2001 Dodge Ram 2500 Cummins - Questions/Slow Build

Shell Painted!

Another (sorta late) update... I did say its a slow build after all. Lots lined up, but its hard getting some of this stuff done when you now live in an apartment in the bay area and don't have access to the shop you once did back in OK :/ (also, my apartment doesn't allow 'automotive maintenance' in it's garage sooooo I've been avoiding doing anything during peak hours :) )

My first truck was a little black nissan and it had a 'super nice', matching, leer camper shell. The truck was ALL black and I got pretty used to it. When I got this one, that was a bit of a helping factor for that decision.
- - So, this is my truck + camper shell as of a few weeks ago. Nothing too crazy but i'm not super thrilled about the color of the shell... Mind you, i paid uner $200 for the thing, so I also wasn't interested in paying a lot for a terrific paint job (it doesn't even properly fit this generation truck...)

Luckily I had a couple friends who were willing to test their relationship with their landlord :p We hit up craigslist for a pretty decent rigid sander and some paper from home depot and got to work.

We made a pretty huge mess... this pic hardly puts it into perspective. After 2 days of sanding, we easily had enough dust that we were leaving foot prints in their parking lot. woops 0:D

From this point, it was shaping up pretty well. In hindsight, I really should have spent more time with the 220+ paper on the sides by the windows, I left some pretty visible sanding marks that ended up showing through :( (I'd like to pass the blame on to the paint guy that said it shouldn't show... but I just didn't invest the time I should have and I was too excited to see it painted) . I had done a bit of research in the weeks leading up and called up several shops, but the quotes I was getting were far higher than I wanted to pay for a 2nd(+) hand camper shell that doesn't really fit. A new Leer 122 starts around 1,800 and that is what I was getting for quotes to paint it *facepalm*. BUT, after talking a bit to a couple guys at Maaco, we decided they would do JUST the painting for ~$200. Now I doubt thats a normal price, but hey... should be fine, right? . I've heard several horror stories about Maaco, but I was willing to take the risk.

Lowe and behold, it came out quite well. for a ~$200 paint job, I'd said it look pretty damn good, aleast from +10ft

- for those curious, they did end up matching my truck's factory paint pretty well, though the painter REALLY wanted to paint my entire truck (there might be a few spots of rust and cracks in the paint all over the roof and hood) . Its a single stage paint, but should last well enough since it spends a majority of its time anymore, underground.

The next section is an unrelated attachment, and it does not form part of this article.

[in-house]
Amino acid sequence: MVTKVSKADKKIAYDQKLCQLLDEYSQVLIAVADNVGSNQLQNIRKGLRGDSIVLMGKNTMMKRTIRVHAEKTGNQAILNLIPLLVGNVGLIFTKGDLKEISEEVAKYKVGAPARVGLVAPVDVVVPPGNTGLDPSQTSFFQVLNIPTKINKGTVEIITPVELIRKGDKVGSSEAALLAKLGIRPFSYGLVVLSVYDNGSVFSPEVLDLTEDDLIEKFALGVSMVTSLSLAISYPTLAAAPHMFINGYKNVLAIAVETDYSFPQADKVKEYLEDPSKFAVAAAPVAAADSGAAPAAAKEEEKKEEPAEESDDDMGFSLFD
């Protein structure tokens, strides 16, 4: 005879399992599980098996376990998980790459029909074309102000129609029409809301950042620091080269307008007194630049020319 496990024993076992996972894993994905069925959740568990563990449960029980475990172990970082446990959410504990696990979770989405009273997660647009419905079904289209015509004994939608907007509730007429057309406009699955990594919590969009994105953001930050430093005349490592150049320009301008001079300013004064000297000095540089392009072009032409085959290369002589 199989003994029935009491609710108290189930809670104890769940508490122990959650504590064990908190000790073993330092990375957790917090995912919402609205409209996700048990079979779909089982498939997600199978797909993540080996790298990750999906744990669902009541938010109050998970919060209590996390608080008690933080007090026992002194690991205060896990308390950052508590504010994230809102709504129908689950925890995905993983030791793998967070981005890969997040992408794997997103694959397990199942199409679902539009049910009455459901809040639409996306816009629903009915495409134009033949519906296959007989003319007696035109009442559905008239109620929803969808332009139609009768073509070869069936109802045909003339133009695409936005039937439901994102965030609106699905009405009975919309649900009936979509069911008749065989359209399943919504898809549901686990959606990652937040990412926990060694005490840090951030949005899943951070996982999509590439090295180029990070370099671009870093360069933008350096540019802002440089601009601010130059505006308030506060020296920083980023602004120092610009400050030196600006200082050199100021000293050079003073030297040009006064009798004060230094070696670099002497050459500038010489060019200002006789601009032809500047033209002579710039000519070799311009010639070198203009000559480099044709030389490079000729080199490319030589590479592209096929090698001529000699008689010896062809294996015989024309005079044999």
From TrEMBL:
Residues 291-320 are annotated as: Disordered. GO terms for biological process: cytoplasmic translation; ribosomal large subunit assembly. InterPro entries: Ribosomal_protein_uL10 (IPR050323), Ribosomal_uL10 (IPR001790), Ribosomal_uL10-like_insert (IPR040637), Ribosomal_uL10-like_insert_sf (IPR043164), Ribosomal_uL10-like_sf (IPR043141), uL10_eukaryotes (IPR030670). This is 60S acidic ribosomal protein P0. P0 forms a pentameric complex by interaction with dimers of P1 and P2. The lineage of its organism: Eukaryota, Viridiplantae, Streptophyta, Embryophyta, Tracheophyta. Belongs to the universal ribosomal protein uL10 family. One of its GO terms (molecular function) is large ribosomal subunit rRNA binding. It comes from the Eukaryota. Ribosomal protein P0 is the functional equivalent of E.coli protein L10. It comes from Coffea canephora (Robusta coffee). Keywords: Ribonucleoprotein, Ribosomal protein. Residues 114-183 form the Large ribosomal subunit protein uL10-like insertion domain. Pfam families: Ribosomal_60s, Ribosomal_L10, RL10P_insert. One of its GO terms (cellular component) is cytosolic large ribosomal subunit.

Last edited:
I like the black instead of the silver. :p Wonder if that'll make the inside of the bed any hotter in the summer.
Did you finish your OBA install?
OBA Install & problem

Oye! I don't think I mentioned anything about actually DOING an OBA install... nevertheless, its in progress :) Several weeks ago I made a couple questionable craigslist purchases. I ended up with a Viair 380c. Along in the deal I somehow also picked up a 37" Grover air horn and a tank that looks suspiciously like a ~4gal version of the 2.5gal Viair.

Just about everyone on here has their own special way of mounting and controlling their on board air. I opted to try and keep it relatively simple. For the time being, I'll have it always on and tied simply to 12v 'acc' and a viair pressure switch. Since the compressor is rated to 200 psi and the tank is totally unknown, I opted to keep it relatively conservative with a top out of 150psi and a pressure relief at 175psi; I expect the tank could do more, but why push the luck ehh?

For mounting, just about everyone I've seen has found some clever way to hide it away in the engine bay. Now this does have two fantastic benefits of: 1. keeping the air intake clean; and 2. keeping the power run nice and short. I could not, unfortunately, find a good way to do the same. Instead, I decided to mount it to the frame rail just ahead of the airdog lift pump from the previous posts.

I'm away from the shop (1,700 miles away:( ) so I don't have any clean way to make a nice proper mount for it. I found some pretty fantastic metal bands available (yet again) on amazon. I would HIGHLY recommend anyone to pick up one of these for emergencies. Essentially, you decide about how long of a metal band you need, and lop it off of the spool. Then, affix the ends and voila, you have a super strong, adjustable, steel band clamp you can use for mounting things, affixing things, or reattaching that semi-important radiator hose. I was a bit concerned about them holding (I used two) but after 2 weeks of daily driving, they have yet to loosen up at all.

Once mounted, I added the electrical with some (apparently spotty) 8awg wire and a 100amp thermal breaker. I picked up the 8awg from amazon and some fantastic ring connectors from O'Reillys to simply wire it in to the 'main' battery terminal. I am taking suggestions on how to clean this up.. it works, but its not the prettiest thing in the world.